The old maxim, “rules were made to be broken”, has been somewhat ingrained in the DNA of F1 participants since time began.
It appears remarkable to some onlookers that this attitude is almost endemic within F1 teams. To them and others of course the Mclaren spy scandal and Flaviogate are examples of rule breaking that is completely unacceptable. Yet there will always be the run of the mill offences such as speeding in the pit lane, unsafe driving/pit release, blocking and a host of sins that are the ‘yellow card’ offences that we kind of expect.
However, its important not to lose sight of the fact that Formula 1 is a technological and development race every bit as much as a series of motor races, and it is this aspect of the sport that drives the DNA of the teams to develop the cars to the limit of the regulations. Which may be one of the reasons why someone appears to be always breaking the rules, but are the FIA changing the nature of this game?
In the first decade when the FIA established the regulated world championship, the rules were very simple and related pretty much only to engines.
1950-51 1500 cc with compressor; 4500 cc without; No weight limit
1952-53 750 cc with compressor; 2000 cc without; No weight limit
1954-60 750 cc with compressor; 2500 cc without; No weight limit
Some rule book huh? Yet the teams were already seeking innovation beyond the rules to find a competitive advantage; disk brakes (1951), direct fuel injection with desmodronic valves (1954) and engines mounted in the rear – were those that are noteworthy.
Over the following decades the design advancements came in all areas of the car – chassis, gearbox, suspension, tyres, fuel and eventually aerodynamics. One team would steal a march on the others and for a variety of reasons these would either be outlawed by new rules or if not then copied by the rest.
What was clear was that the rule makers were always chasing the teams’ development curve and even when the FIA created regulations to improve safety, certain designers would find cunning ways of circumventing the letter of the law without breaking it.
One of the best examples of this was in 1981, Gordon Murray’s Brabham BT49C design featured a hydro-pneumatic suspension system which meant when being driven at speed the car was pushed down several inches by the force of the airflow and below the minimum FIA prescribed height regulation. However at slower speeds it would rise back up and by the time it reached scrutineering it would be at the legal height.
The regulators cottoned on to what Murray had done, but it was only for the 1982 season they acted to stop this and suspension movement was then restricted to 1.5 inches. It was like a game of cat and mouse and should the mouse come up with a clever way of avoiding the cat, it would be tolerated until the next regulation changes were written.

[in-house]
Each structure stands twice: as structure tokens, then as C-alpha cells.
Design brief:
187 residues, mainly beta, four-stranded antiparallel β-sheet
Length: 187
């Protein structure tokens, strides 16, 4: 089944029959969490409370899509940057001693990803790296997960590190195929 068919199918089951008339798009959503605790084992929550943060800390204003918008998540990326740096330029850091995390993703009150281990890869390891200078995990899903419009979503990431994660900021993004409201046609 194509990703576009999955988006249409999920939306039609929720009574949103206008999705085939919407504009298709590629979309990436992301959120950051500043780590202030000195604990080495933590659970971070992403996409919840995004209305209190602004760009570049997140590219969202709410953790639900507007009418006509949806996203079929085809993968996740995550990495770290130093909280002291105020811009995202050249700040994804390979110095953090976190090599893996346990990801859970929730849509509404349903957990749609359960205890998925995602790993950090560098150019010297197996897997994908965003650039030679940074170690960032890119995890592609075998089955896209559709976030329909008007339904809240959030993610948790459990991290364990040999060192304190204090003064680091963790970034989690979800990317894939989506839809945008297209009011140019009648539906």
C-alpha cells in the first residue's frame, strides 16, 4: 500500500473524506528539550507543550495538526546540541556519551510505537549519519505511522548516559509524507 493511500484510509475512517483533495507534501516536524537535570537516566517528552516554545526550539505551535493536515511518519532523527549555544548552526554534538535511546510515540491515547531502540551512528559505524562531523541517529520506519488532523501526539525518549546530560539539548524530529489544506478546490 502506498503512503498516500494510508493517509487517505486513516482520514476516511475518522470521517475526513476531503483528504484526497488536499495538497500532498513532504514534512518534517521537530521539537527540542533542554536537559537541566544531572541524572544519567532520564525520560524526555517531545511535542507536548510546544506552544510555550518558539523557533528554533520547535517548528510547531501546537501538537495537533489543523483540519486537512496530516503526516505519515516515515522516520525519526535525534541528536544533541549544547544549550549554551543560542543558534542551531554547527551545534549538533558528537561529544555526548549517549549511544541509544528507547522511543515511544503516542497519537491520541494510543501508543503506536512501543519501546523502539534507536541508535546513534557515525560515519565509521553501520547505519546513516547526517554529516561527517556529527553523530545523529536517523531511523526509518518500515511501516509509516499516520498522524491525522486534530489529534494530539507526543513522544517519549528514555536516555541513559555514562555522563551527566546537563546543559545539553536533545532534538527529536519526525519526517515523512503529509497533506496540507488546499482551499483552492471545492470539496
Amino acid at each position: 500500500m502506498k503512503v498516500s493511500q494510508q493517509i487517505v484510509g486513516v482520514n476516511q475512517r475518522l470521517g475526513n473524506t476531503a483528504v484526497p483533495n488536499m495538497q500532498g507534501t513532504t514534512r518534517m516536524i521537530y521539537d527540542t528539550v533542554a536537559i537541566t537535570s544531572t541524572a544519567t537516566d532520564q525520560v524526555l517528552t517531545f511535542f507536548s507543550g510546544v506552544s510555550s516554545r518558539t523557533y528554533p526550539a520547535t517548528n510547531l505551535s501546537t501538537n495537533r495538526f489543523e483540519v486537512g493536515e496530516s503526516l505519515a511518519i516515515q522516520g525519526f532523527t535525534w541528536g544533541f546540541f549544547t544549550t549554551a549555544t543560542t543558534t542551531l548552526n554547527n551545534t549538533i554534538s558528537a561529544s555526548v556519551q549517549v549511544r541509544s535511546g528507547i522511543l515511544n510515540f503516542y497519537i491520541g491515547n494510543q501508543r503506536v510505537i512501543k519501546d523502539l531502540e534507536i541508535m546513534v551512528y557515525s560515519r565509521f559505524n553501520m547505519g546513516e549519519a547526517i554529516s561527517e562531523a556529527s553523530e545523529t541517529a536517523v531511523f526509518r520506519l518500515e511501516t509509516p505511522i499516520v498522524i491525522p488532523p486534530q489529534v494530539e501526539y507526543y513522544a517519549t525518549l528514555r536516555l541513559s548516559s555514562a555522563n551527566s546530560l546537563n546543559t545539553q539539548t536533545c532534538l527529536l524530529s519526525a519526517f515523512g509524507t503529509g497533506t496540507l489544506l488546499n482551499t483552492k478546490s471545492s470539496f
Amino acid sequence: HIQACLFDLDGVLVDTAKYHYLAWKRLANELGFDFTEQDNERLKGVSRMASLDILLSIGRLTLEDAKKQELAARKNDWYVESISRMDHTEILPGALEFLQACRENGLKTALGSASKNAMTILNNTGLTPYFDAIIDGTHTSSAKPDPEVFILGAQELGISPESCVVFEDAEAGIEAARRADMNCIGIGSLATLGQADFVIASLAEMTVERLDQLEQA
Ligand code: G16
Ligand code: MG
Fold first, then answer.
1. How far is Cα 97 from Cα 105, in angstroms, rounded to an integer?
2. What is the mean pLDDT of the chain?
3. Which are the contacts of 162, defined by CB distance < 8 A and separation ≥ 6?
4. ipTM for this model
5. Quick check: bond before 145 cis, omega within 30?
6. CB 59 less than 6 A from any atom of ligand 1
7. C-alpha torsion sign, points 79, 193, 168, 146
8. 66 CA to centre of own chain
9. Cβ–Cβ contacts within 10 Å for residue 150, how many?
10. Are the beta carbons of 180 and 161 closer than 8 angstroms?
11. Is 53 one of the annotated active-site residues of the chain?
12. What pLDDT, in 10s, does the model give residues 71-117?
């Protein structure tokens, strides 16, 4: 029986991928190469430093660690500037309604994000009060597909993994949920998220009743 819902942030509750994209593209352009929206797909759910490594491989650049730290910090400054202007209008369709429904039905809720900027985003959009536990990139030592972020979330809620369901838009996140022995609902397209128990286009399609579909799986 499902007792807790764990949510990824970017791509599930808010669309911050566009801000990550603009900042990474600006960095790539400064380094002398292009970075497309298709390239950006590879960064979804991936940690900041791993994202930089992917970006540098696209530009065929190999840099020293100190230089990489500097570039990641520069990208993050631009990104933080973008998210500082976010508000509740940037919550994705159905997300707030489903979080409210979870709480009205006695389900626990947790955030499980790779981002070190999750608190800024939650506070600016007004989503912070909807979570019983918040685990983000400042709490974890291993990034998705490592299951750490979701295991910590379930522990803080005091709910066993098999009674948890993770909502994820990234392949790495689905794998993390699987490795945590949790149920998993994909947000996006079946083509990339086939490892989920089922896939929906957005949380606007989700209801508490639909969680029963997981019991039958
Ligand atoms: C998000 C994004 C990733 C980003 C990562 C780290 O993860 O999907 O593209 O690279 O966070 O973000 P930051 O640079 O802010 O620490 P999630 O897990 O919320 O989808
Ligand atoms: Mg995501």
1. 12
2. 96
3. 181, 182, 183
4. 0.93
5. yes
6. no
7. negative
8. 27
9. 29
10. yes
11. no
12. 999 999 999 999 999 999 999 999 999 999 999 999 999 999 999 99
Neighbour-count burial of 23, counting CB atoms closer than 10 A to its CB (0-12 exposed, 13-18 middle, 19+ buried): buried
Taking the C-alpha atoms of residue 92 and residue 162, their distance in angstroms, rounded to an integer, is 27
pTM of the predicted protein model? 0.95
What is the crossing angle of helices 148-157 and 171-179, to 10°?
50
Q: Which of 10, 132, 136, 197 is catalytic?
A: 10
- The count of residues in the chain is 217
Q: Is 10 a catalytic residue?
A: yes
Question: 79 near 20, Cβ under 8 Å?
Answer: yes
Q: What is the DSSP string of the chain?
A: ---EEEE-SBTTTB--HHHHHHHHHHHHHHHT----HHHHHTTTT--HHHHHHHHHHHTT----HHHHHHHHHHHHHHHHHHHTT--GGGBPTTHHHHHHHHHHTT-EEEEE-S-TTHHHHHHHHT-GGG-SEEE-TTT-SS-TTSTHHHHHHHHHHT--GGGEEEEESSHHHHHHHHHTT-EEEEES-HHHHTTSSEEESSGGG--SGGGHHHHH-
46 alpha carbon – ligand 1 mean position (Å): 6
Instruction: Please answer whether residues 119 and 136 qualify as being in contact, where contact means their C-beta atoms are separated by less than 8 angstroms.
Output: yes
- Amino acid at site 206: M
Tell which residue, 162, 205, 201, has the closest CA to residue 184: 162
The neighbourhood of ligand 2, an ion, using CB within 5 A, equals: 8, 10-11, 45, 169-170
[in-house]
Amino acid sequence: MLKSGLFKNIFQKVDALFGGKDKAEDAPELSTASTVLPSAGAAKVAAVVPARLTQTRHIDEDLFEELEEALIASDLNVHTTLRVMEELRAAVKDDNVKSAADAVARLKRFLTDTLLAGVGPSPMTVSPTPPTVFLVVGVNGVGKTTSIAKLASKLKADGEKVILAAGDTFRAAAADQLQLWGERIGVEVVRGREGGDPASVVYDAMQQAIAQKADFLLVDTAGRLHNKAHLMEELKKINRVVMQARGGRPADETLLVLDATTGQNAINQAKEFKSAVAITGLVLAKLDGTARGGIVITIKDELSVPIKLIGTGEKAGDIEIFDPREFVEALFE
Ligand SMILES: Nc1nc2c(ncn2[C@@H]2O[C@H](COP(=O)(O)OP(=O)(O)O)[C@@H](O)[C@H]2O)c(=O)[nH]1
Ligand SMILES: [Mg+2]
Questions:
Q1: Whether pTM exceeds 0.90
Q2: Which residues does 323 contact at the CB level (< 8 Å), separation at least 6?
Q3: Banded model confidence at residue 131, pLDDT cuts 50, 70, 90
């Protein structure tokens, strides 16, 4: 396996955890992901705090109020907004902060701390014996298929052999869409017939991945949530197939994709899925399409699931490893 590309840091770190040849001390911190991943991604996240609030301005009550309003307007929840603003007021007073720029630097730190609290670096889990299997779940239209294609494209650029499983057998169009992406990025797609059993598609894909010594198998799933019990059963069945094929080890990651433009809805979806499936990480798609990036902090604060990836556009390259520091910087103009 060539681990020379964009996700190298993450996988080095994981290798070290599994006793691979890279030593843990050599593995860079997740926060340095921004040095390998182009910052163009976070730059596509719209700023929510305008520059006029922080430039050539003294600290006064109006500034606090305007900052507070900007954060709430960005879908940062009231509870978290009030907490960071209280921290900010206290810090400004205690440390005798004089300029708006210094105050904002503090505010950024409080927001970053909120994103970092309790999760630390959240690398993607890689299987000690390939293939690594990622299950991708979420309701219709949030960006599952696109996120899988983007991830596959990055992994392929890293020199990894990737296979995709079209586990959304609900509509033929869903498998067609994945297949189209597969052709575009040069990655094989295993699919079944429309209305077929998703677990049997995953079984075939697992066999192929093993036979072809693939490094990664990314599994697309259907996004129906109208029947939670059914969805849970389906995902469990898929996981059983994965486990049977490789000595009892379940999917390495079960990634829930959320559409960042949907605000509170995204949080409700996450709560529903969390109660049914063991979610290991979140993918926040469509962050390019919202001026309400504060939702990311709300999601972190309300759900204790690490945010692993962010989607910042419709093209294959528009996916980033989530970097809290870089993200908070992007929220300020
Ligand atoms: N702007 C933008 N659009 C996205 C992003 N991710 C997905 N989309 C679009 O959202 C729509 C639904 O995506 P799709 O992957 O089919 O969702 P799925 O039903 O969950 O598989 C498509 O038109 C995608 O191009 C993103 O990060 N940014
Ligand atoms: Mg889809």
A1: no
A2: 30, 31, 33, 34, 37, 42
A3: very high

At that time, technical regulation changes were predominantly annual as the teams had to sign up to the design rules for the following year and then spend a lot of time and money developing a new car. So mid season rule changes were generally avoided as part of the gentleman’s agreement between Tom and Jerry.
This has pretty much been the way of things in F1. Find a clever “interpretation” of the design regulations and even though it contravenes the spirit of the rule it’s mostly been allowed until the next technical regulation addresses the loophole.
But I sense this tolerance is changing. We’ve had 2 scenarios this year with Red Bull and Renault where swift and immediate action has occurred.
Following complaints in Germany about the Renault engine maps the FIA examined the matter and issued the following statement. “While the stewards do not accept all the arguments of the team, they however conclude that as the regulation is written the map presented does not breach article 5.5.3 of the technical regulations,” Yet when Derek Warwick was questioned, he was clearly angry with the Red Bull position and stated there would be immediate changes in the regulations – and there were.
Red Bull were also accused of having an illegal suspension adjustment mechanism, such that the FIA taped over the holes in the body work during one session the car was running. Mysteriously this matter has slipped from memory and is no more.
Clearly, not breaching the spirit of the regulations is now the bench mark and the FIA are flexing their authoritative muscles far more swiftly than has been the norm in F1. Further, regulation changes are now lightning by F1 previous standards – maybe the cat is tired of the constant ignominy of losing to the mouse, and the comfortable understanding between Tom and Jerry is no more.
In part 2: We’ll look at the changing driving regulations and their future implications.
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